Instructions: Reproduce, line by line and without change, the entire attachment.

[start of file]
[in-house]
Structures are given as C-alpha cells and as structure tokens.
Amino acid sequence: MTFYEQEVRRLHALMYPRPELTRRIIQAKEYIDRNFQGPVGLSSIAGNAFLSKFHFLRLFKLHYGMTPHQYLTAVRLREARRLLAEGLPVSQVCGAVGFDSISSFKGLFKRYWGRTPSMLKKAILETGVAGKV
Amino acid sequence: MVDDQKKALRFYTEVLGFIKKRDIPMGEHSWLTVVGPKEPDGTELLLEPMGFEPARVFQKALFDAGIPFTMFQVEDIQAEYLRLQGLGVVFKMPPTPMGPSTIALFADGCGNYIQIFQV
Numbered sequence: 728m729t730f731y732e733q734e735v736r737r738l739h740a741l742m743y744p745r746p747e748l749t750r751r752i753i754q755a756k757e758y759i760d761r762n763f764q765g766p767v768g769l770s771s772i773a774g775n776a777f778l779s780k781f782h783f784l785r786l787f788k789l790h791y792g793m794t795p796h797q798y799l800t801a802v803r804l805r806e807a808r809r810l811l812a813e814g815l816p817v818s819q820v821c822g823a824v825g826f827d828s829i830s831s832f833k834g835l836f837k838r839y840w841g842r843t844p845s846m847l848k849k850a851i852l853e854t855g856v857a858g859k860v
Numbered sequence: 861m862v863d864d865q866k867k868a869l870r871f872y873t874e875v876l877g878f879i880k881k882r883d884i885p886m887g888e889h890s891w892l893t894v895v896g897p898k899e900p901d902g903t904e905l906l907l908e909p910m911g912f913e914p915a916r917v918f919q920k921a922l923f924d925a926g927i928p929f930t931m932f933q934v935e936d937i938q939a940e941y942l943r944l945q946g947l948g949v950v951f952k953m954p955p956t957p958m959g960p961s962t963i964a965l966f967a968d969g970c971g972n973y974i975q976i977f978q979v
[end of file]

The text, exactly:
[in-house]
Structures are given as C-alpha cells and as structure tokens.
Amino acid sequence: MTFYEQEVRRLHALMYPRPELTRRIIQAKEYIDRNFQGPVGLSSIAGNAFLSKFHFLRLFKLHYGMTPHQYLTAVRLREARRLLAEGLPVSQVCGAVGFDSISSFKGLFKRYWGRTPSMLKKAILETGVAGKV
Amino acid sequence: MVDDQKKALRFYTEVLGFIKKRDIPMGEHSWLTVVGPKEPDGTELLLEPMGFEPARVFQKALFDAGIPFTMFQVEDIQAEYLRLQGLGVVFKMPPTPMGPSTIALFADGCGNYIQIFQV
Numbered sequence: 728m729t730f731y732e733q734e735v736r737r738l739h740a741l742m743y744p745r746p747e748l749t750r751r752i753i754q755a756k757e758y759i760d761r762n763f764q765g766p767v768g769l770s771s772i773a774g775n776a777f778l779s780k781f782h783f784l785r786l787f788k789l790h791y792g793m794t795p796h797q798y799l800t801a802v803r804l805r806e807a808r809r810l811l812a813e814g815l816p817v818s819q820v821c822g823a824v825g826f827d828s829i830s831s832f833k834g835l836f837k838r839y840w841g842r843t844p845s846m847l848k849k850a851i852l853e854t855g856v857a858g859k860v
Numbered sequence: 861m862v863d864d865q866k867k868a869l870r871f872y873t874e875v876l877g878f879i880k881k882r883d884i885p886m887g888e889h890s891w892l893t894v895v896g897p898k899e900p901d902g903t904e905l906l907l908e909p910m911g912f913e914p915a916r917v918f919q920k921a922l923f924d925a926g927i928p929f930t931m932f933q934v935e936d937i938q939a940e941y942l943r944l945q946g947l948g949v950v951f952k953m954p955p956t957p958m959g960p961s962t963i964a965l966f967a968d969g970c971g972n973y974i975q976i977f978q979v